Traffic craziness, carelessness, and confusion continue on the carriageways, leading to constant corruption, chaos and carnage as more lives are wasted and lost, pedestrians and passengers are dismembered and injured and survivors and families remain hurt, humiliated and hapless.
Despite the cries, pleas and advice from the President, the Police, and all stakeholders throughout Guyana, recklessness is a daily feature that can be observed by the minute on the roads and streets by unconcerned users, be it drivers, riders, bicyclists, pedestrians, workers and maintenance crew. No wonder there has been a 71 per cent increase in road fatalities resulting in 151 deaths from 129 recorded accidents, as revealed by the Traffic Chief last week.
The grave situation is a result of many studies, monitored and noted reasons, causes, explanations, analyses, and opinions, discussed and written already, including a failed system and an undisciplined society. Recommendations for corrections and supplements to the rules and regulations, traffic laws, increased penalties, and education, better and more roads to enhance improvement and prevent accidents, have all been tried and tested but are yet to curb or control the madness that is exercised and executed by several users and abusers, be it men, women and children, both male and female, experienced and novice.
The brandished, befuddled, and bewildered behaviour beats the brain as injured parties bemoan the tragic incident that occurred last week when a two-week-old married cop was killed by a speeding driver, allegedly intoxicated and who ignored the stop light to slam into the officer and her colleague who were manning a roadblock outside the BV Police Station.
Perhaps this is the epitome of a sad incident, demonstrating the callous, cruel and calamitous carelessness of a catastrophic driver. This demonic drama demonstrates the demand for another penalty review. Any drunk driver convicted of causing an accident resulting in the death of anyone should be fined heavily, sentenced to nothing less than ten years’ imprisonment, and should be banned for life from driving or riding any motorised vehicle. Tough times call for tough measures.
Last holiday Monday, 47 bicyclists were observed during the evening hours between 6:15 and 6:45 in Tuschen New Housing Scheme, East Bank Essequibo, at a popular junction on the main road. 45 did not display any headlights or reflectors while only one had a red reflector attached to the back wheel and another rider pitched his phone light as a warning or guidance. There were numerous motorbikes, all of the riders speeding and wearing no helmets, two of them without any headlights on.
Five e-bikes travelled the route without any headlights on, one of the riders was 12 or 13 years of age. Many drivers were speeding on this busy road and three of them were driving without any lights on. 6 cars plied the route with loud, lawless, and lewd music blaring as if they were playing at an open concert. Many cars and minibuses stopped at the Chinese supermarket.
The drivers and other occupants purchased beers and consumed the same on the premises while competing to play their different music at high volume, much to the annoyance of the aggrieved residents in the area. Why do shop owners tolerate this nuisance? A Police outpost is located within hearing and seeing distance! Imagine what is happening in the rest of the country!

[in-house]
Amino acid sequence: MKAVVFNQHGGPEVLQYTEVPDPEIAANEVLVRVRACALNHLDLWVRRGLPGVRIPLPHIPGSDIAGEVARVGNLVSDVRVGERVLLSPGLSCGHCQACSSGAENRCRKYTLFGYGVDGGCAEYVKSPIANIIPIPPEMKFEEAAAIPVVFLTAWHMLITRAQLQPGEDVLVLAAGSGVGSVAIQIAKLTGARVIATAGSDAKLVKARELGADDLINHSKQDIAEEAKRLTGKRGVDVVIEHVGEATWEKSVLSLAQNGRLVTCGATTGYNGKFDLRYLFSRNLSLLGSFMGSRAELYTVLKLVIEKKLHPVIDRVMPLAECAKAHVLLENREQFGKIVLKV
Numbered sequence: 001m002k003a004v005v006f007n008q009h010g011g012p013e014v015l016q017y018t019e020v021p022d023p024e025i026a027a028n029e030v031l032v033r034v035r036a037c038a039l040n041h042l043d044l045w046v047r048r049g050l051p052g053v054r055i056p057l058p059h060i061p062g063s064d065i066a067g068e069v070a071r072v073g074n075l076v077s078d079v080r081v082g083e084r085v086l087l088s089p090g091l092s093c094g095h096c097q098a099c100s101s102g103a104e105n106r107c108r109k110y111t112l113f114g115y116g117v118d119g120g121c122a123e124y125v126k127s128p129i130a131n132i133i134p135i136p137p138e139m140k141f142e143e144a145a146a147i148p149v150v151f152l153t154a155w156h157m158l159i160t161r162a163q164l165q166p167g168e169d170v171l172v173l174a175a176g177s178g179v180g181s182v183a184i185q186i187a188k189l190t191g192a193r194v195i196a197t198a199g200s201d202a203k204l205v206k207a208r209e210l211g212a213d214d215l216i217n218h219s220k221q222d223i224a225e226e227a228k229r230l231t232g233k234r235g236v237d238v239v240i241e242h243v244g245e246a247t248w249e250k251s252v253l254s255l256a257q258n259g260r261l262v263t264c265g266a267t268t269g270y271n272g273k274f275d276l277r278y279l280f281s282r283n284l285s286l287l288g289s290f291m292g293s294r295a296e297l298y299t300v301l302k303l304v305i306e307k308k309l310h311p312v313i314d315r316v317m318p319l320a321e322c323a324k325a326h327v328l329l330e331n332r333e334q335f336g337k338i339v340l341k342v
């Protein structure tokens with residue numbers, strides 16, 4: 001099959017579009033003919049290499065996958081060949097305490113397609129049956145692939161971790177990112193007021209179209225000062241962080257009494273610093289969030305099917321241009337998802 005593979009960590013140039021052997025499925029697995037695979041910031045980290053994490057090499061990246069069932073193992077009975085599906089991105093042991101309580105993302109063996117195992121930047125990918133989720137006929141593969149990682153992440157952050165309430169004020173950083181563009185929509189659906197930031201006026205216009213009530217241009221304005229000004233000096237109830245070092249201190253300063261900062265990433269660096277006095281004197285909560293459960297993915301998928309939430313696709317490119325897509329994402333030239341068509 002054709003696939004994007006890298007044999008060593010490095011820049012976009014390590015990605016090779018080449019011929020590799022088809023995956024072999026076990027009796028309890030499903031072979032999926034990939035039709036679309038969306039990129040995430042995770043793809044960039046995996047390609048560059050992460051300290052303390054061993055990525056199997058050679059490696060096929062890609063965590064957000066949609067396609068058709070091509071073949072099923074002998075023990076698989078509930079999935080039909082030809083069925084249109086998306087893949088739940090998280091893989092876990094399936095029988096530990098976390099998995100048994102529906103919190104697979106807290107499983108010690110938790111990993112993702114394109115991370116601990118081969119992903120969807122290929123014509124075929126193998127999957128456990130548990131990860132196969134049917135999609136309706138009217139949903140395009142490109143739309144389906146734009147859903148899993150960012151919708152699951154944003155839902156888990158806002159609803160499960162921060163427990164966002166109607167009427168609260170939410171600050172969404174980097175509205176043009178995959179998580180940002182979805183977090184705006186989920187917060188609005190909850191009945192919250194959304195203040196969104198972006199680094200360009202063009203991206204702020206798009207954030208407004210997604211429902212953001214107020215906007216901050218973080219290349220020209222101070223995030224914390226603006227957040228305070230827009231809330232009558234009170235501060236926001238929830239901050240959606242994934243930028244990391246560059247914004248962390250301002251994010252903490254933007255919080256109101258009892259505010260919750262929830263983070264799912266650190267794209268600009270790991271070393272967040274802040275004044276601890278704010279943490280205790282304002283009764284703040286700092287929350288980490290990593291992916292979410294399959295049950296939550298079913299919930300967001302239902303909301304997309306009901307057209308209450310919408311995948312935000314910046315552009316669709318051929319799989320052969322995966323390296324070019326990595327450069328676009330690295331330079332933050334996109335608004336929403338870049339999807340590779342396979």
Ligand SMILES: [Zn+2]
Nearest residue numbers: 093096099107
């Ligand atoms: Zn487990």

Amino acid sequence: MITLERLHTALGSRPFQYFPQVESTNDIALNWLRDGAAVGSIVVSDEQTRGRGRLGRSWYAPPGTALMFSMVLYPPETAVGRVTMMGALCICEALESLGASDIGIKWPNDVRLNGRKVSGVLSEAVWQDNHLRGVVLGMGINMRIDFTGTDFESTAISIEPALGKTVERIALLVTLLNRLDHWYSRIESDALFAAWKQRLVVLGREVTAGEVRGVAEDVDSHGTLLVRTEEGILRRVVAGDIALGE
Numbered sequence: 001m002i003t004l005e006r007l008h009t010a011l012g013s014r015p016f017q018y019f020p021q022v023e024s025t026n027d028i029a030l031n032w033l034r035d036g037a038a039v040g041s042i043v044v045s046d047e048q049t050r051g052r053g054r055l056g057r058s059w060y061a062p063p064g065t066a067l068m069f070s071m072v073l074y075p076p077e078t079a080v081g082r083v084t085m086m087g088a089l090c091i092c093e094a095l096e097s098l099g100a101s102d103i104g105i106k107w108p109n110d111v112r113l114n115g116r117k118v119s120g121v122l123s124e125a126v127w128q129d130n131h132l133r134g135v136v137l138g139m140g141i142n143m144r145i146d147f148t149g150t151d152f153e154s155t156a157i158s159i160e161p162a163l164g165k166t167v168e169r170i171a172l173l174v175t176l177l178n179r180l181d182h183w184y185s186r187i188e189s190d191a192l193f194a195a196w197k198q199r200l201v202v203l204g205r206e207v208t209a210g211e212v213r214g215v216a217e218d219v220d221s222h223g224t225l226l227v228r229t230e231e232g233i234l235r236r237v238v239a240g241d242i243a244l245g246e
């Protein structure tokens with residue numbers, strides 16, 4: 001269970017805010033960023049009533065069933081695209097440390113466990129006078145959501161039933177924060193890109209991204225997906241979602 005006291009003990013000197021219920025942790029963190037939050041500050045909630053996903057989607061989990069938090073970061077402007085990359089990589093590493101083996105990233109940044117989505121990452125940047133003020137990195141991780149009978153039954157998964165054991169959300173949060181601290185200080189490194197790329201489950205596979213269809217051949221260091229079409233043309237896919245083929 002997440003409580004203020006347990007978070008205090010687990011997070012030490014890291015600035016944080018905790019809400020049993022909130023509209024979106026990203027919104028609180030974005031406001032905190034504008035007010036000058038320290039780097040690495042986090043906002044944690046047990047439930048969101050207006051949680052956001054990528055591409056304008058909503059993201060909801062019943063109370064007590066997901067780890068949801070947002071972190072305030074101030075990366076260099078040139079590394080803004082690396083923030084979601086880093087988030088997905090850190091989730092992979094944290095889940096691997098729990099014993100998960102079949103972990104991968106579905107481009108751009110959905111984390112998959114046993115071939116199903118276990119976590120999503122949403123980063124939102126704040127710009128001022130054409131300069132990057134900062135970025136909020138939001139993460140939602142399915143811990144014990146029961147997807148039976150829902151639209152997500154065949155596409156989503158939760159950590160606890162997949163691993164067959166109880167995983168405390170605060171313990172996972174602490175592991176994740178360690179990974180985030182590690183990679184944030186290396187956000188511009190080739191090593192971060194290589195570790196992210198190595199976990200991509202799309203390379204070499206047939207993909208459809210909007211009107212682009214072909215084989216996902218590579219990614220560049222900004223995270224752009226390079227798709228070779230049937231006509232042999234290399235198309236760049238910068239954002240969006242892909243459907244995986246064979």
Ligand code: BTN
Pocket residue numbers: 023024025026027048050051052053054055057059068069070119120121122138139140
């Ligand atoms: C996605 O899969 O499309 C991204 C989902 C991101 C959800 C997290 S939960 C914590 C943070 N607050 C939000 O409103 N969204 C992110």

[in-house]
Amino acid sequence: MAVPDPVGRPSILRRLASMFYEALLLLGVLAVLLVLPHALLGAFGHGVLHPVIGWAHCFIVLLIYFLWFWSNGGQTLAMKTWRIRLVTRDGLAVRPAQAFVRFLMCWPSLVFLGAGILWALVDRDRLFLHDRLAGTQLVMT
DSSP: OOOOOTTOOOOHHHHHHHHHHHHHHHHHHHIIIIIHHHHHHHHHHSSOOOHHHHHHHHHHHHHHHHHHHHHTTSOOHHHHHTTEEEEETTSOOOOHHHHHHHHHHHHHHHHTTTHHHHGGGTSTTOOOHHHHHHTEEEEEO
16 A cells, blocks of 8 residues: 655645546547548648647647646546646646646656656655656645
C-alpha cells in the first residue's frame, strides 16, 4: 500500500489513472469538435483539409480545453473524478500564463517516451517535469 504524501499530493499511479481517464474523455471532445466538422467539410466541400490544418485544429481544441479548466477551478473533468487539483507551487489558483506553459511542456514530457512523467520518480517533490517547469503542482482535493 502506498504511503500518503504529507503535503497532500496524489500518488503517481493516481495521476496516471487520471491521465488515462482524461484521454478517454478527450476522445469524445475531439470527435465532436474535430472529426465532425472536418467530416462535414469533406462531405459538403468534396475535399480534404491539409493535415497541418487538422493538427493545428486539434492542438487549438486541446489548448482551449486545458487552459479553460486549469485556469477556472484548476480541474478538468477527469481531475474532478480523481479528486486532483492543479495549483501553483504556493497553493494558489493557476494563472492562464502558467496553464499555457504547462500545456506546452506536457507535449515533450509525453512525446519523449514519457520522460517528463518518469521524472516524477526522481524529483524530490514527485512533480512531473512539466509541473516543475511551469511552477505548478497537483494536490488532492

This is not an exaggerated situation but a norm in many areas. The Police, public and private domain are well aware, acquainted, and acknowledge this typical scenario. Many drivers and riders obey the traffic law and act within the parameters of rules and regulations while operating with patience and diligence to adhere to the famous five Cs: care, caution, consideration, common sense, and courtesy.
They should be commended. Many Police officers maintain the dignity of their uniforms to uphold honour by practicing and applying the law. They should be recognised and awarded appropriately. Those road users who flaunt the law should be ashamed of themselves. Of course, they don’t care and are not remorseful over a guilty conscience. They are simply mean and will remain a menace. Those officers who “collect” instead of caution and correct others or fail to comply with the law, are a disgrace and detriment to the Force and should be dismissed.
As adumbrated before and is prevalent in many countries, unmarked cars should be used to patrol our roadways to catch those who break the law on the roadway. The placement of more CCTVs and cameras is needed for surveillance on all the roads, not only a few. Plainclothes officers should be riding the minibuses to uphold the law by ensuring drivers are in strict compliance. Traffic lights are needed also in rural areas. Radar guns should be a daily usage by the Police. Police should not hesitate to issue traffic tickets, including for over-loading.
Conductors on minibuses believe that they are DJs on a dance floor. Many can be seen drinking beers while on duty and in the buses. Overcharging is rampant. Many buses refuse short drop passengers unless you pay a long drop premium. Also, discrimination is practiced by choosing selected passengers. Is there a minibus association?
The Ministry for Commerce and Business may want to intervene along with others, including the Consumer Affairs Association, to protect and provide for passengers who are at the mercy of bus drivers. The safety and security of this nation and its people is everybody’s business.